National Geographic


Expedition Journal

Talking With Dr. Kevin Hand

At noon, the survey ship Barakuda is 130 sea miles south of Guam, heading southwest at nine knots. The Mermaid Sapphire is well over the horizon ahead of us. We have 12-knot winds and moderate swells on our stern quarter. Someone mentions that we’re following the same course to the Challenger Deep as Don Walsh and Jacques Piccard just before their 1960 Trieste dive.

As working ships go, the Barakuda is small—120 feet (36 meters) long, 27 feet (8 meters) wide, and just shy of 400 tons. She has two decks: the lower for accommodation, the galley, and mess hall, the upper for the bridge and a narrow, desk-lined workspace. Two ten-foot seagoing containers and lander Mike are lashed to her small, open deck. The space just behind her bridge is a splendid place to have a conversation with a scientist who loves the sea.

“Jim thinks big. He’s fully aware that the systems and techniques used to explore the deepest parts of Earth’s ocean have potential applications in the exploration of oceans on other worlds.”

I’m listening to Dr. Kevin Hand, a planetary scientist and astrobiologist at the Jet Propulsion Laboratory in Pasadena, talk about the scientific studies he’s doing on the Barakuda. Kevin’s work is focused on the origin, evolution, and distribution of life in the solar system and involves experiments in the physics and chemistry of the icy moons in the outer system. He has a special interest in the moon called Europa.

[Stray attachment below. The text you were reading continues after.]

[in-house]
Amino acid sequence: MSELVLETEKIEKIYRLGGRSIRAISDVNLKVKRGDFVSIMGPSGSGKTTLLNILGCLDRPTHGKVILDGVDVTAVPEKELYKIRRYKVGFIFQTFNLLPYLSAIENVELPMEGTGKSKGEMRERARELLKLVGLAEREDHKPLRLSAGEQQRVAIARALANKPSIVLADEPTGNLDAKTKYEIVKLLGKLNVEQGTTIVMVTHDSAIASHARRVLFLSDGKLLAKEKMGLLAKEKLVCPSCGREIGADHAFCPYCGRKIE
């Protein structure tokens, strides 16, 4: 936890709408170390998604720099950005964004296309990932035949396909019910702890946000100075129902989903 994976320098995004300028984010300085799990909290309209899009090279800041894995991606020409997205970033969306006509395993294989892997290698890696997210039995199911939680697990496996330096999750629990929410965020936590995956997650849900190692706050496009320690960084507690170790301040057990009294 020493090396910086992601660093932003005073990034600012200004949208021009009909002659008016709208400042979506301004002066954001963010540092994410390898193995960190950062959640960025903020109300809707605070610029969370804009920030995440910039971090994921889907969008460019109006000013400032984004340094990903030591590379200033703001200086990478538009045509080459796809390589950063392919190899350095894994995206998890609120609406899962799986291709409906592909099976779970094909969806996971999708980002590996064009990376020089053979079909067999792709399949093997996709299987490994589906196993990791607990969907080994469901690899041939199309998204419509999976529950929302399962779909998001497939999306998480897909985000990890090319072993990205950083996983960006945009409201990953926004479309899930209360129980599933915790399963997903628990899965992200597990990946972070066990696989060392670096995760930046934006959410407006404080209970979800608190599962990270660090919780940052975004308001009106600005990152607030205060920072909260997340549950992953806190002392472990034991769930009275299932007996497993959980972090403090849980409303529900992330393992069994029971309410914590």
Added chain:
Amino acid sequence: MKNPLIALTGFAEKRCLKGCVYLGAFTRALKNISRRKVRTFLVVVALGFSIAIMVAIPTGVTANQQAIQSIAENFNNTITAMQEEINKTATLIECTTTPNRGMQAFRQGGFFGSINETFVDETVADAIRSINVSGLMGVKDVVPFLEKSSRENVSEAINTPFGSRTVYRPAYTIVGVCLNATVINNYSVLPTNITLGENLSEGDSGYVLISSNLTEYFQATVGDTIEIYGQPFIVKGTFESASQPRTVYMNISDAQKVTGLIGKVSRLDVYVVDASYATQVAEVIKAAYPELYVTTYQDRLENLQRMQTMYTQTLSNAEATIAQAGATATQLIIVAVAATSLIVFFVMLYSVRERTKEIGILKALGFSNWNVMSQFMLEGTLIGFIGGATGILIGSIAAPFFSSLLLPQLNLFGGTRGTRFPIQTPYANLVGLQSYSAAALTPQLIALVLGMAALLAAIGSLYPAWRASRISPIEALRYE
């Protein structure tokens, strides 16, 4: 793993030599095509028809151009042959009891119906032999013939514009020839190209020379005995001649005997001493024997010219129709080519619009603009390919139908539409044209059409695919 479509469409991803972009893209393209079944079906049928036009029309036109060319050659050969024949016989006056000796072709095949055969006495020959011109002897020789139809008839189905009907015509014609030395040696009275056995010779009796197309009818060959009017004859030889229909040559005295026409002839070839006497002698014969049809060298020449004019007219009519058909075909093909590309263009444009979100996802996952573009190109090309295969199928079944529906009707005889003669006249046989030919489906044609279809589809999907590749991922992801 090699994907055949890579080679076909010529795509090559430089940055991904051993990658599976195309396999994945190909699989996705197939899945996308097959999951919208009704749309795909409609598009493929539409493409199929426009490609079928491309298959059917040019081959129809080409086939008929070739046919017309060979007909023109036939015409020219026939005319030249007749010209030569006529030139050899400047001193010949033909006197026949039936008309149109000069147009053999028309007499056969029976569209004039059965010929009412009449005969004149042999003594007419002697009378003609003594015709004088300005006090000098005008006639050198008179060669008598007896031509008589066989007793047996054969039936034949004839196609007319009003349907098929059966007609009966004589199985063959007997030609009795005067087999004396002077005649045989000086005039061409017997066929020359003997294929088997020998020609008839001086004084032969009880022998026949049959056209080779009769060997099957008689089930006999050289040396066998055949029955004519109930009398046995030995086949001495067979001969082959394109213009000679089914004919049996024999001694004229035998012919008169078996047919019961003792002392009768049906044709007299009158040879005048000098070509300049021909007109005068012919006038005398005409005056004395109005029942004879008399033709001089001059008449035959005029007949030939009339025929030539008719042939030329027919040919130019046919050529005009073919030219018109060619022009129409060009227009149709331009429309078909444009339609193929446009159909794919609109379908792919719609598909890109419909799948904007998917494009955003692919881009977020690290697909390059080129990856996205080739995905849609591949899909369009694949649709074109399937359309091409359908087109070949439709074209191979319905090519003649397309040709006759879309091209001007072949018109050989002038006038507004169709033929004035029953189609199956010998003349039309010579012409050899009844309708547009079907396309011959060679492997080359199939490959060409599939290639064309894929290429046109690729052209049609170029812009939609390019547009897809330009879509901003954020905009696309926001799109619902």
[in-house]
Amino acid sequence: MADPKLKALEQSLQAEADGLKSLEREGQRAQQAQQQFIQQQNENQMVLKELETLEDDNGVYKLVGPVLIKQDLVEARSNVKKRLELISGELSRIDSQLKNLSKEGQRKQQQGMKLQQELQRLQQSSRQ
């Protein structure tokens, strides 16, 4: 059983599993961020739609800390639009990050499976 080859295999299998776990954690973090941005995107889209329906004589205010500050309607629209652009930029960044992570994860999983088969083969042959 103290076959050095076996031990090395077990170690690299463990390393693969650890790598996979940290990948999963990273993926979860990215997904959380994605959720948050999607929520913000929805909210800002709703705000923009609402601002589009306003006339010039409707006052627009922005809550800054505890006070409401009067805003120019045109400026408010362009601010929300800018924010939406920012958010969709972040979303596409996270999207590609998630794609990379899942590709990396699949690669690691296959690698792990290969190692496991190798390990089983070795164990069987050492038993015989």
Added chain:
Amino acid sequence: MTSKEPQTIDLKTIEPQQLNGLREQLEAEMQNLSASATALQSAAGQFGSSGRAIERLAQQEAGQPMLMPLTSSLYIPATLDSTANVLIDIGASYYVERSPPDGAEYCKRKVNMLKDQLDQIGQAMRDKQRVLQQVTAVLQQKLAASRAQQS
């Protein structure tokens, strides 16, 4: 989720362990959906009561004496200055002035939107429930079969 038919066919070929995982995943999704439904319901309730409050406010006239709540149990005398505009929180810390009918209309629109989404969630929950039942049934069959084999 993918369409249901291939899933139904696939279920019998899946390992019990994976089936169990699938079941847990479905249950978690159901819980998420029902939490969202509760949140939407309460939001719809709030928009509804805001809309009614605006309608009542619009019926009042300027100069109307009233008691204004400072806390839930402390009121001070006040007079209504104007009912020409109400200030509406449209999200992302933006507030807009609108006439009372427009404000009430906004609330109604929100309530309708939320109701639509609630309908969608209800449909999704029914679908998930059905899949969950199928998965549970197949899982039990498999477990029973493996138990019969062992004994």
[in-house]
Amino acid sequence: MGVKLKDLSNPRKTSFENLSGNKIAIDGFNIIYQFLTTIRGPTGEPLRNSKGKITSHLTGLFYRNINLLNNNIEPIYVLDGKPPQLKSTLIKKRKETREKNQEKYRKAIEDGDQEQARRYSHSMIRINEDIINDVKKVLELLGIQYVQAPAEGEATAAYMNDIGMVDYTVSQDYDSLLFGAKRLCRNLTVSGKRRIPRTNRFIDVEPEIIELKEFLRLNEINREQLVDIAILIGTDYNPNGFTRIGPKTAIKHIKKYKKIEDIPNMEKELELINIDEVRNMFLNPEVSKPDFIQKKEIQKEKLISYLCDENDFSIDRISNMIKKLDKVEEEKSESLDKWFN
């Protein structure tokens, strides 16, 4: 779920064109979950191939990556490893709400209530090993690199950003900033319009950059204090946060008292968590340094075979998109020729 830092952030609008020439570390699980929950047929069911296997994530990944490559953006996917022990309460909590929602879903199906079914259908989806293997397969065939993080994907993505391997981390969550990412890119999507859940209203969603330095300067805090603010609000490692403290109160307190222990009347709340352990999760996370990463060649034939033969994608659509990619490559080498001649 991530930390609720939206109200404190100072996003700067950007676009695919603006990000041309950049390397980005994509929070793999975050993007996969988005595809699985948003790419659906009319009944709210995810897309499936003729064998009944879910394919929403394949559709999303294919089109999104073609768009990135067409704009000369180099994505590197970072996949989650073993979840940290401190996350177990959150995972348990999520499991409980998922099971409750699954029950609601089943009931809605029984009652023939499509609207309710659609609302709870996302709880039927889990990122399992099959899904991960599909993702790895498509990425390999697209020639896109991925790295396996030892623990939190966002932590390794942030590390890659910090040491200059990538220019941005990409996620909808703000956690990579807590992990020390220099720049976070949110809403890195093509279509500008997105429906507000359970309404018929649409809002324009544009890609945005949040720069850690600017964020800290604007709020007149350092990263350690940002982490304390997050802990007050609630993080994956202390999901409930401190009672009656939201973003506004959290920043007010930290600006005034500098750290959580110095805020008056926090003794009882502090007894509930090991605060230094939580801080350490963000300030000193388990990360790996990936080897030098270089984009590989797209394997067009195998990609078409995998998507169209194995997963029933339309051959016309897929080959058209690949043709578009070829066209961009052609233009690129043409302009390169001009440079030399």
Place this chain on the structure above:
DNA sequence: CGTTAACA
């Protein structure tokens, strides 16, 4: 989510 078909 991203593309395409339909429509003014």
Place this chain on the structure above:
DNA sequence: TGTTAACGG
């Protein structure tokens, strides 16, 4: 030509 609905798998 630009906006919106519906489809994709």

“Europa is the second of Jupiter’s four large moons. Under its thick shell of surface ice we have good evidence for a liquid ocean more than 300,000 feet deep.” He stops and looks out at blue Pacific swells rushing past the bridge windows. “If we’ve learned anything about life on Earth, it’s that liquid water usually means life.”

He ushers me into the small room on the lower deck where he’s fixed his mid-infrared fourier transform spectrometer to a bench. He’ll use its wavelength range of two to twelve microns to study rock and sediment samples recovered by the sub. “I study invisible rainbows,” he says with a smile, “that tell us about the minerals and organic chemistry of the samples. I’m a collector of photons.”

Kevin’s great dream is to be at the launch pad in 2020 when a NASA robotic spacecraft begins its long journey to Europa. It will take about six years for the craft to reach the ice-covered moon and start its orbiting quest for factors that influence habitability. For Kevin, Europa could answer one of humankind’s oldest questions: Is there life beyond Earth?

“There are two primordial questions,” he tells me. “Are we alone? Where did we come from?” All deep-sea science, including what Jim is doing on the DEEPSEA CHALLENGE expedition, edge us a little closer to the answers.

“When Jim comes back to the surface after his seven-mile dive, it will probably be at night. When I see the lights of his sub rising up through the water, I’ll be thinking of some future spacecraft slowly descending to the surface of another world’s ocean.”
Written by Dr. Joe MacInnis

Photograph by Joe MacInnis


More on National Geographic Emerging Explorer Kevin Hand
Kevin Hand, Planetary Scientist/Astrobiologist
Real-World Geography: Dr. Kevin Hand
Looking For Life

Science Partners

  • Additional major support provided by The Alfred P. Sloan Foundation
  • NASA Jet Propulsion Laboratory
  • Scripps Institution of Oceanography, UC San Diego
  • University of Hawaii at Manoa
  • University of Guam